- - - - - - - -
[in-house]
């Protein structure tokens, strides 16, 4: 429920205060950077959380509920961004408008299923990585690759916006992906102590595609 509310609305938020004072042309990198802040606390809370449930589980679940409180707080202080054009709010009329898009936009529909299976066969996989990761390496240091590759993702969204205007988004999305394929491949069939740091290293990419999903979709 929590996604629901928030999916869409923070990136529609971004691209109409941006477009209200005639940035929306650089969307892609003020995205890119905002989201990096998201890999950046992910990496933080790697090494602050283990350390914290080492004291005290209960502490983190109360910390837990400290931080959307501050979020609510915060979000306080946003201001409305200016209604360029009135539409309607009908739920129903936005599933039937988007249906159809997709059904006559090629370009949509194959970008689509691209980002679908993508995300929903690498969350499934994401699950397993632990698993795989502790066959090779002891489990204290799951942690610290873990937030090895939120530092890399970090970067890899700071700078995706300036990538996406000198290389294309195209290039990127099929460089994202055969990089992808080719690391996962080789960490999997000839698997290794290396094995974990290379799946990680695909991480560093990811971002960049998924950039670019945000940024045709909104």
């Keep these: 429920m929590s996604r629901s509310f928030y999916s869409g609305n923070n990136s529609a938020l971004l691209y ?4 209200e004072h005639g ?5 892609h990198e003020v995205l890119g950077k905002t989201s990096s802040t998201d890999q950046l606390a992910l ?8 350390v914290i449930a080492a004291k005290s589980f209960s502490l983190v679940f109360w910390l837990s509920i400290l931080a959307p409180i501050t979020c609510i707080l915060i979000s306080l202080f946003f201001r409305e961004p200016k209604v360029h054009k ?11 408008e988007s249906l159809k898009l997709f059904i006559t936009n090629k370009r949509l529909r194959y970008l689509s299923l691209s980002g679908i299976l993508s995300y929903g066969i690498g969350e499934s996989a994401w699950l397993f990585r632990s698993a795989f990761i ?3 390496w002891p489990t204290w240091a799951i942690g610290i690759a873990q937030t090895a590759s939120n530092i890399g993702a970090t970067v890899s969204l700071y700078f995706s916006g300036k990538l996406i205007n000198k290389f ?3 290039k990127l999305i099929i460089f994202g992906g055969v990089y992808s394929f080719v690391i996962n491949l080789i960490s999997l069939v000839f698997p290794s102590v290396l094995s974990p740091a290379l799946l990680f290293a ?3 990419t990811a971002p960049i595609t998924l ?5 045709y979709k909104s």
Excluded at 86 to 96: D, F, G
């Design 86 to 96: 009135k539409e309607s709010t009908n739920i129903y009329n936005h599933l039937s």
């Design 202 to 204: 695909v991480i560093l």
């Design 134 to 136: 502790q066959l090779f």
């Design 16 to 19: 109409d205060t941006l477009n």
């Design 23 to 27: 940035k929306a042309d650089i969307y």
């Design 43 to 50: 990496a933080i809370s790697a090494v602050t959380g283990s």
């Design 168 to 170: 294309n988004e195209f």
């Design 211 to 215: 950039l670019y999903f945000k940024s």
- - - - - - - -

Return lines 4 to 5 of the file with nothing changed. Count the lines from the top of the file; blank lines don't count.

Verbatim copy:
Excluded at 86 to 96: D, F, G
């Design 86 to 96: 009135k539409e309607s709010t009908n739920i129903y009329n936005h599933l039937s």